Talk:J. Philippe Rushton

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The page inappropriately simplifies the controversy.[edit]

On one side, there is the evidence (especially from domestication research) that evolution can go very fast, and differences in famine rates should theoretically affect evolutionary pressure in brain energy budgets while differences in child mortality should theoretically make differences in maturation rate and thus learning period. But on the other hand, there is the empirical evidence that all supposed race-intelligence links disappear when social factors are taken into account. That contradictory evidence requires an explanation not thought of by either side of the controversy. There are metastudies linking extreme recoveries after brain damage to tolerant social environments (Kurt Fischer, Christina Hinton: Mind, Brain and Education). The solution of tolerant social environments allowing neuroplasticity to break free from all biological limits can solve the contradiction, since racist discrimination is a form of intolerance. See the article "Brain" at the topic page "Psychology" on http://purescience.wikia.com 37.250.52.67 (talk) 14:12, 31 January 2013 (UTC)Martin J Sallberg

That's not contradictory evidence, that's clear evidence for one side and tangential abstract theory for the other side. "There is empirical evidence of a. On the other hand, if b works like c, then d could maybe be true, which would at least allow for e, which isn't a." 67.80.153.207 (talk) 03:02, 27 February 2014 (UTC)

Neo-Nazi sympathies[edit]

I'm not sure how to cite this, but Rushton had clear sympathies with Neo-Nazis, and not just through the Pioneer Fund:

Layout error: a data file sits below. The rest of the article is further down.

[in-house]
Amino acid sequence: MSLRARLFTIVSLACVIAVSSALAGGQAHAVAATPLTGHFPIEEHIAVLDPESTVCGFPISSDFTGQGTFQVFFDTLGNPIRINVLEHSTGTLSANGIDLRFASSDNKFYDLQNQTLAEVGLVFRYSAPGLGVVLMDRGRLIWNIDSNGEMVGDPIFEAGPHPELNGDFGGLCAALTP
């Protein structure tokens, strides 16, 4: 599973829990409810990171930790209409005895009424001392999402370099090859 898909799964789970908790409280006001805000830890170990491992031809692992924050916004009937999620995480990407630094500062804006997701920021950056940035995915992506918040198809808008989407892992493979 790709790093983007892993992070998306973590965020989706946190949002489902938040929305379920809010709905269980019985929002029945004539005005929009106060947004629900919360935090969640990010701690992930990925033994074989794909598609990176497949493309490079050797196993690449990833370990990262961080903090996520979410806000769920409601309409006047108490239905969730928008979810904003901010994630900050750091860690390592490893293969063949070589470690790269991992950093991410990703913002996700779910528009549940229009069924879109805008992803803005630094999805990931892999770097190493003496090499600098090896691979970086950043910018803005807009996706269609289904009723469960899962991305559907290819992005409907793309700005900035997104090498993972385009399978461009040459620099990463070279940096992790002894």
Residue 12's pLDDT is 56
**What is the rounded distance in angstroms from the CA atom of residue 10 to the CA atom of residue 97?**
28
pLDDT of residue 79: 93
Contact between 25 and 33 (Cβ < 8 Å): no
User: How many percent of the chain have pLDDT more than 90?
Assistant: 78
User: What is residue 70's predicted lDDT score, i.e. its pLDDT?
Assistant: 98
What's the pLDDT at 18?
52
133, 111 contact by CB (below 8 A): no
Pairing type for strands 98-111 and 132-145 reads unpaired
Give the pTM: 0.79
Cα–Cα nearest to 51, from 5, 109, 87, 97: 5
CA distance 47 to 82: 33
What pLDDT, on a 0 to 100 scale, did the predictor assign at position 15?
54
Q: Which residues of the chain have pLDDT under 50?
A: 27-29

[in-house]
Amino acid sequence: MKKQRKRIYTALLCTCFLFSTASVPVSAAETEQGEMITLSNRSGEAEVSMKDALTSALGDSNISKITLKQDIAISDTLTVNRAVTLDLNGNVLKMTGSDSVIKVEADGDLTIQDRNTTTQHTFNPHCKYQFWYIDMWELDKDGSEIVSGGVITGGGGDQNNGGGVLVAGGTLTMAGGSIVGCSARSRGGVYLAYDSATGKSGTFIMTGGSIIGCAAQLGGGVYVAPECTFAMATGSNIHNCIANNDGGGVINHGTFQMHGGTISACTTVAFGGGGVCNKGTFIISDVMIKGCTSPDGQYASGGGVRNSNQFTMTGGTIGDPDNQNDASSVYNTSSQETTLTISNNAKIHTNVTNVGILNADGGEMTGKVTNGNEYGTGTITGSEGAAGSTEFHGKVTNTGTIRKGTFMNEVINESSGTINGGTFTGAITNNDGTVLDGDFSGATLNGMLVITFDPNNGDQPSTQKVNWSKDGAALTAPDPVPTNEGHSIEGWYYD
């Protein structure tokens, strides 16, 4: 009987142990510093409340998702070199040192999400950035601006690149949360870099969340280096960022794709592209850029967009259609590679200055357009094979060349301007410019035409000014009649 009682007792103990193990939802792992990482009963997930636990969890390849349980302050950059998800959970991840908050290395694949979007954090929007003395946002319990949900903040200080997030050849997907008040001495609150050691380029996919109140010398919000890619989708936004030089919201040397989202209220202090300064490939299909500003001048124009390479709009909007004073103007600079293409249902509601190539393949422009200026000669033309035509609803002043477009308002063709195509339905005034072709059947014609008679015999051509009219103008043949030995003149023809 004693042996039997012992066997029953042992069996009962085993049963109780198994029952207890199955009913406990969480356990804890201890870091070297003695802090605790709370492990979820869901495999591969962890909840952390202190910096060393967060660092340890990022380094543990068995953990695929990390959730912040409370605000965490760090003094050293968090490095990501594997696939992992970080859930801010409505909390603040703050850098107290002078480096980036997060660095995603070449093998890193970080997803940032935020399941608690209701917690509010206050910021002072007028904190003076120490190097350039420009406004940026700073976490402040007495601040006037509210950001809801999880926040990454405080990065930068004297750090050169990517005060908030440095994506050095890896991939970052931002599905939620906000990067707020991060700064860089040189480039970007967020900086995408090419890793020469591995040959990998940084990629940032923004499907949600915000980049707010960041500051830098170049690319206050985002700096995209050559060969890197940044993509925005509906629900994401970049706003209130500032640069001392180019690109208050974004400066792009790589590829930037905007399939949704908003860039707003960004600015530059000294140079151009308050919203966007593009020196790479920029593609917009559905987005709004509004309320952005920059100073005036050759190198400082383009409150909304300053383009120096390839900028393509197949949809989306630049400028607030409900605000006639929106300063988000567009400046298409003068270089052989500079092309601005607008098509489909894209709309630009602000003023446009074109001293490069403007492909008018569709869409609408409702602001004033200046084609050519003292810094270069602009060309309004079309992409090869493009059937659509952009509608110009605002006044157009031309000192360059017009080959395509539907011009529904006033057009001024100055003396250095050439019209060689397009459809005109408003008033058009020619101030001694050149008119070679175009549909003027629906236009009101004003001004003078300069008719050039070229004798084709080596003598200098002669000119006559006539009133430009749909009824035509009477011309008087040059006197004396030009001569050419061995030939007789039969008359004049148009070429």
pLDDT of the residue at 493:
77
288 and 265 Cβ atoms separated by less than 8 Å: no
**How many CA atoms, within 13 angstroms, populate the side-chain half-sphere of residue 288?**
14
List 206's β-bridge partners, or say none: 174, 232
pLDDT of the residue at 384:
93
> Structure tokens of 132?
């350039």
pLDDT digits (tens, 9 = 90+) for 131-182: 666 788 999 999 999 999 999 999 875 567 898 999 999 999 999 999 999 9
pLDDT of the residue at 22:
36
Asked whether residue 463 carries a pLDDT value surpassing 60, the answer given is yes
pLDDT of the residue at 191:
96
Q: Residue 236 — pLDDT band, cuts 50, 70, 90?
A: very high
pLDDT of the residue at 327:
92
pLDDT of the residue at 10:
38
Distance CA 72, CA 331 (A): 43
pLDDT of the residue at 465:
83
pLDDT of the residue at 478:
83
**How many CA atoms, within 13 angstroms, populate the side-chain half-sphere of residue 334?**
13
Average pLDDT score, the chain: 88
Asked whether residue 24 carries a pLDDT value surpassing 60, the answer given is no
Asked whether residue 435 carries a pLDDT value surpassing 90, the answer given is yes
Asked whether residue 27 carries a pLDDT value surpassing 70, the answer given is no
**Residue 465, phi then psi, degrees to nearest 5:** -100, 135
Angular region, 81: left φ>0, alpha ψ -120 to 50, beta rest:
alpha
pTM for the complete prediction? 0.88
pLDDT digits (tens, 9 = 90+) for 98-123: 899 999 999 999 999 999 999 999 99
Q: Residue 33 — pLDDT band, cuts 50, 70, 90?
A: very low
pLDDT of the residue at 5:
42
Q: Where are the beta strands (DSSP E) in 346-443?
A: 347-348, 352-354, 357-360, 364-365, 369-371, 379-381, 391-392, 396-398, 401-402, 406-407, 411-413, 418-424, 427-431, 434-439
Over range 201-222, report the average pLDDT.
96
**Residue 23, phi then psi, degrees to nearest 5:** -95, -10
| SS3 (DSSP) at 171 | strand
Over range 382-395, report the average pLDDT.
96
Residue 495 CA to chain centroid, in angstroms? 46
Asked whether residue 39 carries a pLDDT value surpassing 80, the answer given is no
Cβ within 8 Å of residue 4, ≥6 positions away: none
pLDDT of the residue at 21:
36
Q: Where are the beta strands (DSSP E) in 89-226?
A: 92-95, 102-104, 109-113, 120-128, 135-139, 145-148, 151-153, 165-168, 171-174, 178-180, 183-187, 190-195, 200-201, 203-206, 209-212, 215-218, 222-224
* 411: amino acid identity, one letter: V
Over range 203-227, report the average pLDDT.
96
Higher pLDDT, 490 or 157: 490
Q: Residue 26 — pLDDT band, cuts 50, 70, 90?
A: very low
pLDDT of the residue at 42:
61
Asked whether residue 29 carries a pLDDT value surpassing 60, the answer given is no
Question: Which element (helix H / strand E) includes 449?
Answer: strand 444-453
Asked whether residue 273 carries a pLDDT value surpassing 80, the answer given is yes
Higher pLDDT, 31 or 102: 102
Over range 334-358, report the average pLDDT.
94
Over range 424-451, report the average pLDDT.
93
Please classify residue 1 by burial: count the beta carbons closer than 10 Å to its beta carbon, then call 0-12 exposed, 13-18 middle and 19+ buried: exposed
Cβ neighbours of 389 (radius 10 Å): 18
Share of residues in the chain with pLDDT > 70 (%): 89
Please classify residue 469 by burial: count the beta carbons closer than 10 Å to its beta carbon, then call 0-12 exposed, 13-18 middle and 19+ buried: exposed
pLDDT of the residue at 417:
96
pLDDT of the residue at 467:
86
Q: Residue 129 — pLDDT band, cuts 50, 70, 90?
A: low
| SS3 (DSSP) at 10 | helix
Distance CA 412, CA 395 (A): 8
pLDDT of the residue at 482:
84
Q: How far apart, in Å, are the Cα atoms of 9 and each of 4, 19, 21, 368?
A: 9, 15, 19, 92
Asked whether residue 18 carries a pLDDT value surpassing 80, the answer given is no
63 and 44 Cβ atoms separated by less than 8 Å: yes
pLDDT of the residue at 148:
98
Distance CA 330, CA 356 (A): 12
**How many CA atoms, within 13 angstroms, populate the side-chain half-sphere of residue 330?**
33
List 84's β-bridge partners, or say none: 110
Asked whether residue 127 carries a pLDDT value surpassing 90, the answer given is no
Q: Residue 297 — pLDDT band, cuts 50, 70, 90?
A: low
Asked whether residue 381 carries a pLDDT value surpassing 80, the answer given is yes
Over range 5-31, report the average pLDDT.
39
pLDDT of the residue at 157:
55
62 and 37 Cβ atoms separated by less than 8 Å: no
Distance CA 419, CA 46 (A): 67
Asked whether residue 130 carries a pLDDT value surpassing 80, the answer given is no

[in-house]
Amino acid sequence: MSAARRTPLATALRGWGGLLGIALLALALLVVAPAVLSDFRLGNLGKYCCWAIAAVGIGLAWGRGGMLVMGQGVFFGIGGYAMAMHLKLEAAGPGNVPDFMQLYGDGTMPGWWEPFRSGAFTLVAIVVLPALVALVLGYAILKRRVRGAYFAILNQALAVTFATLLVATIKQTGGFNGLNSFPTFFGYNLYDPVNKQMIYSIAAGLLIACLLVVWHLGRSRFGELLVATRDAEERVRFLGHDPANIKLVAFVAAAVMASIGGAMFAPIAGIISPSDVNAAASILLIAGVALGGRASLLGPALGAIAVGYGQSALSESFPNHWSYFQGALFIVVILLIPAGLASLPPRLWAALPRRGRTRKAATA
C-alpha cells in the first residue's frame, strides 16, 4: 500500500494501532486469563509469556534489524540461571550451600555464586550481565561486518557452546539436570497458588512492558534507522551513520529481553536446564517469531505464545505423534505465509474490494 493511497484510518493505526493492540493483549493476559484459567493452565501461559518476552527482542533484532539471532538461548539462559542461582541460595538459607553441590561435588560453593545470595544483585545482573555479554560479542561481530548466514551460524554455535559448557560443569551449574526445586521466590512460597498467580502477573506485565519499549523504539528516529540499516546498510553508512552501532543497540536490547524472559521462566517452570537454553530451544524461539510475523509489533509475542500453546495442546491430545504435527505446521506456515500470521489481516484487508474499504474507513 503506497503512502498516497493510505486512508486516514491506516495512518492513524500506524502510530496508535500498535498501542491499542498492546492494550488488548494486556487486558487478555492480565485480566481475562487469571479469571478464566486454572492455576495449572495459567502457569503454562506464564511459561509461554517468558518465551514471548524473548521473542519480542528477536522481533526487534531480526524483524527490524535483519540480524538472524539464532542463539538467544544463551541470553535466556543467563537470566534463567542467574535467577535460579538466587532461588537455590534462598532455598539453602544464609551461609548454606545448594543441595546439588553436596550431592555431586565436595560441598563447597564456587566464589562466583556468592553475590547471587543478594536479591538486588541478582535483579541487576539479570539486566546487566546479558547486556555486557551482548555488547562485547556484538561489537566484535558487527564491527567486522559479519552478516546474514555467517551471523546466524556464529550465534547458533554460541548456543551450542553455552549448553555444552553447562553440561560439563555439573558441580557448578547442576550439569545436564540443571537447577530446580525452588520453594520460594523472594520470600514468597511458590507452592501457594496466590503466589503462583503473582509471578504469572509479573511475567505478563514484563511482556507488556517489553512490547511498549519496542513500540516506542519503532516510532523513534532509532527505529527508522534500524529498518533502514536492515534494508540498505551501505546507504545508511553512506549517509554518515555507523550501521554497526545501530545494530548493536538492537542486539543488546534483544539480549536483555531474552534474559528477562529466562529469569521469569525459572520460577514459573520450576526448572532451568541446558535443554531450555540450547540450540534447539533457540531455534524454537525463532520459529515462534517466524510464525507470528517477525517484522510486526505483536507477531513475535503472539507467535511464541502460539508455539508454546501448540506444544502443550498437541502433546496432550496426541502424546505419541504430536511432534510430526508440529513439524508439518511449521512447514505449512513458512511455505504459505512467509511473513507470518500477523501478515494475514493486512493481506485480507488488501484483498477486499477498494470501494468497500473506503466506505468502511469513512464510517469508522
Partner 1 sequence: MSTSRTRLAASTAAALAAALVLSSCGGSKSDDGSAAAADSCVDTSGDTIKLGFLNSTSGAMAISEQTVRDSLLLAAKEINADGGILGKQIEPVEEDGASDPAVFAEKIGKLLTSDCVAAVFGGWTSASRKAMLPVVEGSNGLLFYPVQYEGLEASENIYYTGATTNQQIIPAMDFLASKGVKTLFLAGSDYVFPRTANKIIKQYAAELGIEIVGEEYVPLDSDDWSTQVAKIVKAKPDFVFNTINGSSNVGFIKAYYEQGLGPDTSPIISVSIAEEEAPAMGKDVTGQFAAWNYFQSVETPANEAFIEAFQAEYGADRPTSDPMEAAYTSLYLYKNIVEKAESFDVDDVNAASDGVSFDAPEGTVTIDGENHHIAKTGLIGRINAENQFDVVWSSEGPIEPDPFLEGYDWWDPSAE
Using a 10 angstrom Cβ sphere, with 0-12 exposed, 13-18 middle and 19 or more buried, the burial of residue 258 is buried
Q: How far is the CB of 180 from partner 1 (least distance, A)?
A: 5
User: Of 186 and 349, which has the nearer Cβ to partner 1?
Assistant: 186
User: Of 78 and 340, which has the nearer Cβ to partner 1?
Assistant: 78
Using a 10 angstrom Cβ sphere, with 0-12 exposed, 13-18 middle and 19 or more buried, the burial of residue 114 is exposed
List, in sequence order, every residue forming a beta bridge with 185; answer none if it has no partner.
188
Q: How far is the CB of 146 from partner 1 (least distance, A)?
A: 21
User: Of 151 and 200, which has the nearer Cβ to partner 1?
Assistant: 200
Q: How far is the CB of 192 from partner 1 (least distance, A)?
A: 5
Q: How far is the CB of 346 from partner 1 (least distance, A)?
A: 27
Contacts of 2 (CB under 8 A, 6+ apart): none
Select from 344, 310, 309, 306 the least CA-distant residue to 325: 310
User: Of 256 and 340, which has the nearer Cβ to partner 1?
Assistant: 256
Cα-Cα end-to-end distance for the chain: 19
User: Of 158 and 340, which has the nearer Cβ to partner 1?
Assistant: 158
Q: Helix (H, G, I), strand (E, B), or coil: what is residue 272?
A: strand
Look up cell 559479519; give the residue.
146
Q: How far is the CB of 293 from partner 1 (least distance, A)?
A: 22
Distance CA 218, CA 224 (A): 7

(When we first met, Rushton rather graciously signed my copy of the abridged Race, Evolution, and Behavior. Unfortunately, it was one of those books I constantly loaned out, and I lost it. But in karmic compensation I was given the copy that Rushton sent, with a signed reviewer’s slip, to Sam Francis, complete with Francis’ underlining and annotations.)

I first met Rushton in February of 2002 at an American Renaissance Conference. I found him even more impressive in person than in print. He was a brilliant lecturer and conversationalist. I had a number of questions about Race, Evolution, and Behavior. Since he was eager to welcome another Ph.D. into “this thing of ours,” he was very generous with his time.

I remember a conversation about immigration quite vividly.

First, I asked him his opinion of Francis Parker Yockey’s somewhat apodictic claim in Imperium that a political system will find ways to generate the population that it needs, thus if a society does not encourage immigration from without it will find ways to encourage the existing population to reproduce itself. The population gains due to immigration may, moreover, be partially illusory, since the disruption and competition caused by immigrants suppresses the reproduction of the native population.

As I recall, Rushton thought this was interesting and could be formulated as a testable scientific hypothesis.